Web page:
Melendez-Pastor, I, Navarro-Pedreno, J, Koch, M, Gomez, I (2010). Multi-resolution and temporal characterization of land-use classes in a Mediterranean wetland with land-cover fractions. INTERNATIONAL JOURNAL OF REMOTE SENSING, 31(20), 5365-5389.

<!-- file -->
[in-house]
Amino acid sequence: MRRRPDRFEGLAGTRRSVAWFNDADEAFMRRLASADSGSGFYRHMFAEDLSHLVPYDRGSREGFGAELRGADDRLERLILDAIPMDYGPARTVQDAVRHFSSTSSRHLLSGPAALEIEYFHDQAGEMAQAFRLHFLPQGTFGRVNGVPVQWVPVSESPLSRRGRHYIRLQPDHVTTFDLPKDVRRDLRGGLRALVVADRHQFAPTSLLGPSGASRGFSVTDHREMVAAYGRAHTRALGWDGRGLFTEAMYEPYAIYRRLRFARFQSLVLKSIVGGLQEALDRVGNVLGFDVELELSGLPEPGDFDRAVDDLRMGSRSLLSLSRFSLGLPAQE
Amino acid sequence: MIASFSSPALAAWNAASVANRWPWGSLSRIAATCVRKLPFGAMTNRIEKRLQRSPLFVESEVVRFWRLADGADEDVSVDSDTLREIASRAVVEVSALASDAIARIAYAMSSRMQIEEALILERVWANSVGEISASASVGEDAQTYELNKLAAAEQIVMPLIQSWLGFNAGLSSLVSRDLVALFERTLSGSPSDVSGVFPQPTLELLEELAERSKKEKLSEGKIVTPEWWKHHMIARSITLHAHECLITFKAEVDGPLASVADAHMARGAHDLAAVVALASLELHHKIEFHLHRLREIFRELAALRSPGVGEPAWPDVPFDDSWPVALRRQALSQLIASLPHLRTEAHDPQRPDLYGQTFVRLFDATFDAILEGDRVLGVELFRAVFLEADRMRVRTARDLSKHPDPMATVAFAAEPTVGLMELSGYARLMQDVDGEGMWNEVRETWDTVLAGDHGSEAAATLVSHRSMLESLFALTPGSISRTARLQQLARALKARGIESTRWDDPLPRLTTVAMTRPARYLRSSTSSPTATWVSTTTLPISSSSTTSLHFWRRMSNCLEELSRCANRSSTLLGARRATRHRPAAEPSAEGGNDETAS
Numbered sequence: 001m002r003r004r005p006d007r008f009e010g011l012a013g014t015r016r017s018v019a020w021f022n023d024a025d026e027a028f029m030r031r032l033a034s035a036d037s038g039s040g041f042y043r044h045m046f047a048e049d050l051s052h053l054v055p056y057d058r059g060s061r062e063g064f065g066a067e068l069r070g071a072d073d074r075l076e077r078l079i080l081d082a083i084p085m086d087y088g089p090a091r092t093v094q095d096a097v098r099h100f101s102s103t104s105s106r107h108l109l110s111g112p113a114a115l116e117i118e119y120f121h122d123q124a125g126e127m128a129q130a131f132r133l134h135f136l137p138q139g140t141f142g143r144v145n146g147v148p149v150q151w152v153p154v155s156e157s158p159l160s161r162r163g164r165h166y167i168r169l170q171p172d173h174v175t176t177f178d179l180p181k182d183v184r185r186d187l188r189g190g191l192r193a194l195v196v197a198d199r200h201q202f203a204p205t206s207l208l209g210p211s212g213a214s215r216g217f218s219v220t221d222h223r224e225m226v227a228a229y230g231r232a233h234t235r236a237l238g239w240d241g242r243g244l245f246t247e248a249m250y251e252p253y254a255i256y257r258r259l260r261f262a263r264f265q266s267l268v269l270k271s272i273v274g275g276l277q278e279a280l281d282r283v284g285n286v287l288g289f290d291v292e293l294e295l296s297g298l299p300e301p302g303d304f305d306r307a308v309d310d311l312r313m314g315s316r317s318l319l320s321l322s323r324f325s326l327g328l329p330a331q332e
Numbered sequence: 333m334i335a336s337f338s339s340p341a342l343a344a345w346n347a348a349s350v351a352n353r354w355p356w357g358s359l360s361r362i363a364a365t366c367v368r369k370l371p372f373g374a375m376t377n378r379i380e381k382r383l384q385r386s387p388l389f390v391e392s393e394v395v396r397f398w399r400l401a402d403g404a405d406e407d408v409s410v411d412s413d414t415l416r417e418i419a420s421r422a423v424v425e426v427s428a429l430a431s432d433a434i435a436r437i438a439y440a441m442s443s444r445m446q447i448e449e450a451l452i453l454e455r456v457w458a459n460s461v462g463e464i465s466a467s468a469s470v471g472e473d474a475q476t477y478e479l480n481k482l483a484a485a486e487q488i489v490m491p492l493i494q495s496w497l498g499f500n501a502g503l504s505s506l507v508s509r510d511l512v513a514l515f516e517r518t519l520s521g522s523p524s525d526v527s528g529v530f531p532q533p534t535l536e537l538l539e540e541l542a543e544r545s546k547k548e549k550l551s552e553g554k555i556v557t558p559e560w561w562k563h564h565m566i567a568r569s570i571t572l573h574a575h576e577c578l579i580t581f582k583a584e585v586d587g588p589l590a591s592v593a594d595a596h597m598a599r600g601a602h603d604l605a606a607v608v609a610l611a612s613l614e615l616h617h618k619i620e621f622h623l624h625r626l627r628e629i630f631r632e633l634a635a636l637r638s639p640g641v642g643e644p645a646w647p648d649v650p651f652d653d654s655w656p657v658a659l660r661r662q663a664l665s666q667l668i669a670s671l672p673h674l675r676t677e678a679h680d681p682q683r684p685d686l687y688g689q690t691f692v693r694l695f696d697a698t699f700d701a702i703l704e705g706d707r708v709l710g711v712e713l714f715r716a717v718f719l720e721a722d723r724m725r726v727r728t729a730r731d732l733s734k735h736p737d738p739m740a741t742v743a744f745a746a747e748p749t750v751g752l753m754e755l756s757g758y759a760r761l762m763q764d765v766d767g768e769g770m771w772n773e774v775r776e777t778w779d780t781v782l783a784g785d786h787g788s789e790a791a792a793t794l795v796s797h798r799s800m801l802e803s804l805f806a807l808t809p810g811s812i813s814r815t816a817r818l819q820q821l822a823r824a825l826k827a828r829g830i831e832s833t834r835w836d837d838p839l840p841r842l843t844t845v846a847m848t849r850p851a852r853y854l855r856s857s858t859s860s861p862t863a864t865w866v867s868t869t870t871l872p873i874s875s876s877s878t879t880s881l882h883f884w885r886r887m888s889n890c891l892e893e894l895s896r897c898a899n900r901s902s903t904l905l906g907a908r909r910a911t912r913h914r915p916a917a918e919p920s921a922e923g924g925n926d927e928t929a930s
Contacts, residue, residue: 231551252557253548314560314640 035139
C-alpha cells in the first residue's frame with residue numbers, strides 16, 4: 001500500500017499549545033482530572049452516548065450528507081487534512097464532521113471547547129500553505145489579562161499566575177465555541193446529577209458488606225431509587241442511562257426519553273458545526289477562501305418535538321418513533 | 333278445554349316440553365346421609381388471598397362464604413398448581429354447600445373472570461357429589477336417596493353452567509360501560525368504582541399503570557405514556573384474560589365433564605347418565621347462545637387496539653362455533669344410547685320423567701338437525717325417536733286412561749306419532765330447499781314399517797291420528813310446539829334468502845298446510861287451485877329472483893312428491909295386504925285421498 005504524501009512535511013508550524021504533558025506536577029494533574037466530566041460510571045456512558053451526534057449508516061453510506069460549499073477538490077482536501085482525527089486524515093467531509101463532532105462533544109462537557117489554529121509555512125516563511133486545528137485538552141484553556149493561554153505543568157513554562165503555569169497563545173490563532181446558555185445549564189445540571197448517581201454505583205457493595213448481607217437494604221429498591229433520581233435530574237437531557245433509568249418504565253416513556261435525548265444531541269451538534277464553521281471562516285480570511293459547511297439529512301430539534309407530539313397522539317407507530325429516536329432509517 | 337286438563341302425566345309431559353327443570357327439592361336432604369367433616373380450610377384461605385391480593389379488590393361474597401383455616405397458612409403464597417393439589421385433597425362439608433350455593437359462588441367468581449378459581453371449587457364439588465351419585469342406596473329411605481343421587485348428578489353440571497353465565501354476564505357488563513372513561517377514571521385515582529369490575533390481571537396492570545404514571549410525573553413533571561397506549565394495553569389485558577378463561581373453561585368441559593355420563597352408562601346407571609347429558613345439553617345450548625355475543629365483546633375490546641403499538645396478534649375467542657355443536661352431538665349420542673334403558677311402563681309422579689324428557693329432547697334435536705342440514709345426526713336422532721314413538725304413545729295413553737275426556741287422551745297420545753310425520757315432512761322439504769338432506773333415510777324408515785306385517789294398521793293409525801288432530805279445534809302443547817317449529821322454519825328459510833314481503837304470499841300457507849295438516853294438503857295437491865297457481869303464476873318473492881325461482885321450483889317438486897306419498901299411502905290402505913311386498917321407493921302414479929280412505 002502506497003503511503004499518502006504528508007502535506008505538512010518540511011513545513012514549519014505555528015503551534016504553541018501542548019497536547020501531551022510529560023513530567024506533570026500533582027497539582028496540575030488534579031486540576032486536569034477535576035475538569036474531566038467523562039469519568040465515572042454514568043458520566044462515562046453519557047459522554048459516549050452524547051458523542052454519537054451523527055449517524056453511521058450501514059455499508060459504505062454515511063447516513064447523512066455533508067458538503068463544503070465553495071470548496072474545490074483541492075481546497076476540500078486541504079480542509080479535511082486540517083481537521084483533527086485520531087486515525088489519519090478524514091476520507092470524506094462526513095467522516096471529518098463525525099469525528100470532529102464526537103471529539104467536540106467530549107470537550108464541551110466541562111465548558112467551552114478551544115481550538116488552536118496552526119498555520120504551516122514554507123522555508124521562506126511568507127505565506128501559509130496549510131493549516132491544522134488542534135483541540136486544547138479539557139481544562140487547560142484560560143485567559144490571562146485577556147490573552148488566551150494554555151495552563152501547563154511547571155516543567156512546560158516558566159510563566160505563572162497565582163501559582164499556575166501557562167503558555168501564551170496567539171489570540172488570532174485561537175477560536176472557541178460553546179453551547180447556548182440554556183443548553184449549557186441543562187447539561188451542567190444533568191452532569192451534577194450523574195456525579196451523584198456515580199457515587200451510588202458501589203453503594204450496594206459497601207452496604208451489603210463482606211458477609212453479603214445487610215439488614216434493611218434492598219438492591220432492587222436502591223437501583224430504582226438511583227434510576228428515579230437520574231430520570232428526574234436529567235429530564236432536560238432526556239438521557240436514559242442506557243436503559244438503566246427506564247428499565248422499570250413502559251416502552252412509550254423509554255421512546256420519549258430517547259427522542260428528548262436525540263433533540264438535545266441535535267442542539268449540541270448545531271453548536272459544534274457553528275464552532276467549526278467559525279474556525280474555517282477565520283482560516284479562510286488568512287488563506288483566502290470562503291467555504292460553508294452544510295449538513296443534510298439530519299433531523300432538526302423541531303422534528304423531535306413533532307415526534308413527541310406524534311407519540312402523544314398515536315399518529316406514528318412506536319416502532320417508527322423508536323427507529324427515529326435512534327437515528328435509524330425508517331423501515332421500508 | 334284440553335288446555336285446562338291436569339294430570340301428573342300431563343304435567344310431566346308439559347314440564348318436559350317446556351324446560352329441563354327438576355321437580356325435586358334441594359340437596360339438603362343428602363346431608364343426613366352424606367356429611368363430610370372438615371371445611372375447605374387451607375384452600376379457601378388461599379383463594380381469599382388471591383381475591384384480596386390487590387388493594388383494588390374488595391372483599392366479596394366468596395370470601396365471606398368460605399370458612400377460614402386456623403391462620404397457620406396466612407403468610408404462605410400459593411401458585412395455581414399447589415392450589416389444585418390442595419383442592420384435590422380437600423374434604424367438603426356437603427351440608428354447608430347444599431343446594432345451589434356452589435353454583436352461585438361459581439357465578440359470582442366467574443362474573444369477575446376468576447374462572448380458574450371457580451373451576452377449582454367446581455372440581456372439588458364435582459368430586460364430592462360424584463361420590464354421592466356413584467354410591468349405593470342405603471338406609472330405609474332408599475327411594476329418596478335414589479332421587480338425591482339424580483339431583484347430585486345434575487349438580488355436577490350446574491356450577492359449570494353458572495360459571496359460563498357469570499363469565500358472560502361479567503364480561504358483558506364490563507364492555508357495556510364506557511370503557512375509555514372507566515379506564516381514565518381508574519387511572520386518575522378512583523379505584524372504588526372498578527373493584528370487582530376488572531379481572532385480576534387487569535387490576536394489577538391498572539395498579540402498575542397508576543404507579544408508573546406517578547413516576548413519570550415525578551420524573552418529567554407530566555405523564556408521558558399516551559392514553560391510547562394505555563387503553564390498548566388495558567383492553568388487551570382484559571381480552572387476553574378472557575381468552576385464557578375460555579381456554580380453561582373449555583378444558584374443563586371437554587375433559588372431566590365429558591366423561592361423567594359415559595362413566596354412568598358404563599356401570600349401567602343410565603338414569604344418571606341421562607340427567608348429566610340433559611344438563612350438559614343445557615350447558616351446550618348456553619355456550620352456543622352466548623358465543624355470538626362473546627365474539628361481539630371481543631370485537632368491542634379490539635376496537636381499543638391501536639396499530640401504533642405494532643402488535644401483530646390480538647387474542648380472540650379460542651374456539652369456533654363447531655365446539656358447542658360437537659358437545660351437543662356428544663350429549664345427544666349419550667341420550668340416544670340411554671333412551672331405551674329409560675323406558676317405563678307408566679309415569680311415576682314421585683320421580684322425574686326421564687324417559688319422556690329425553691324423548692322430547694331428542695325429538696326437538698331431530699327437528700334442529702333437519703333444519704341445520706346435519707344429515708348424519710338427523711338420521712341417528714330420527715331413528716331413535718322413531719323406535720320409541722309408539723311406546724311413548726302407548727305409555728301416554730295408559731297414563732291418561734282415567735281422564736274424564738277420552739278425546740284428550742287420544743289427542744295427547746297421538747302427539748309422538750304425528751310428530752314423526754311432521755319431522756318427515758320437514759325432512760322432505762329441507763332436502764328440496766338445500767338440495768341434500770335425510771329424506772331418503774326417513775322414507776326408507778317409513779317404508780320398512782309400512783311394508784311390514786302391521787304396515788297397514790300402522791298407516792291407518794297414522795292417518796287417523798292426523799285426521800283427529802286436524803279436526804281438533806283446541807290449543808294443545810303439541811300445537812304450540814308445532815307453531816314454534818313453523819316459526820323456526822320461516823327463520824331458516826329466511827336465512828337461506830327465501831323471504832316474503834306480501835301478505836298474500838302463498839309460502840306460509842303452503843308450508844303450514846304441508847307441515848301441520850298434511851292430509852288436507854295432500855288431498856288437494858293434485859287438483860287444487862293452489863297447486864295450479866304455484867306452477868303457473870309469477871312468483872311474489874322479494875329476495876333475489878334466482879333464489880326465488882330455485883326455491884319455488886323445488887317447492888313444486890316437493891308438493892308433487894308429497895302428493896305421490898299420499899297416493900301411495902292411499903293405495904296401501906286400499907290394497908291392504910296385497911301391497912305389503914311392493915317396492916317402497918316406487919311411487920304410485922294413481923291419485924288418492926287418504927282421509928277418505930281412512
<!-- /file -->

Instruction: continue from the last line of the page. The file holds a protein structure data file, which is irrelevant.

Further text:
Four different methods for analysing land-use and land-cover fractions at multiple scales, namely composite operator, t-test, Dutilleul's modified t-test and ternary diagrams of physical models for process pathways, were applied to sets of multi-resolution images in order to evaluate the usefulness of coarse-resolution satellite data (e.g. the Moderate Resolution Imaging Spectroradiometer; MODIS) in obtaining similar results to those obtainable with moderate-resolution satellite data (e.g. Landsat). A spectral-mixture model based on three endmembers (soil, vegetation and water) was used to determine the land-cover fractions of the main land-use classes of a wetland in southeast Spain. The land-use map was produced by applying the unsupervised k-means classification method to the moderate-resolution image. Spatial and temporal changes in the mixture fractions at multiple resolutions and their corresponding land-cover fraction maps were assessed. Three different t-tests (paired-samples, independent-samples and Dutilleul's modified t-tests) were used to evaluate the effects of pixel aggregation on land-cover fractions and land-use maps in terms of surface-area estimations. Ternary plots of land-use classes characterized by land-cover fractions were used to visualize environmental processes pathways describing temporal changes in the landscape. The results obtained with moderate- and coarse-resolution data were not significantly different from each other. Land-use and land-cover surface-area estimations were not significantly different between Landsat moderate-resolution (30 m) and Landsat resampled coarse-resolution (300 m) data. Spatial autocorrelation had an important effect when comparing Landsat moderate-resolution (30 m) with MODIS coarse-resolution (250 m) data. In order to minimize these effects Dutilleul's modified t-test was applied for the comparison of Landsat with MODIS image data. However, this test did not reveal significant differences between both datasets, whereas with the ordinary t-test, significant differences were found, which suggest the existence of a bias by spatial autocorrelation that must be taken into account for up-scaling or down-scaling of remote-sensing data. The results suggest the possibility of using coarse-resolution images (MODIS) to characterize environmental changes with a similar accuracy to those of moderate-resolution images (Landsat), as long as potential spatial autocorrelation effects are taken into account. This finding indicates that a substantial reduction in the costs of conducting wetland management and monitoring tasks can be achieved by using free or low-cost coarse-resolution satellite images.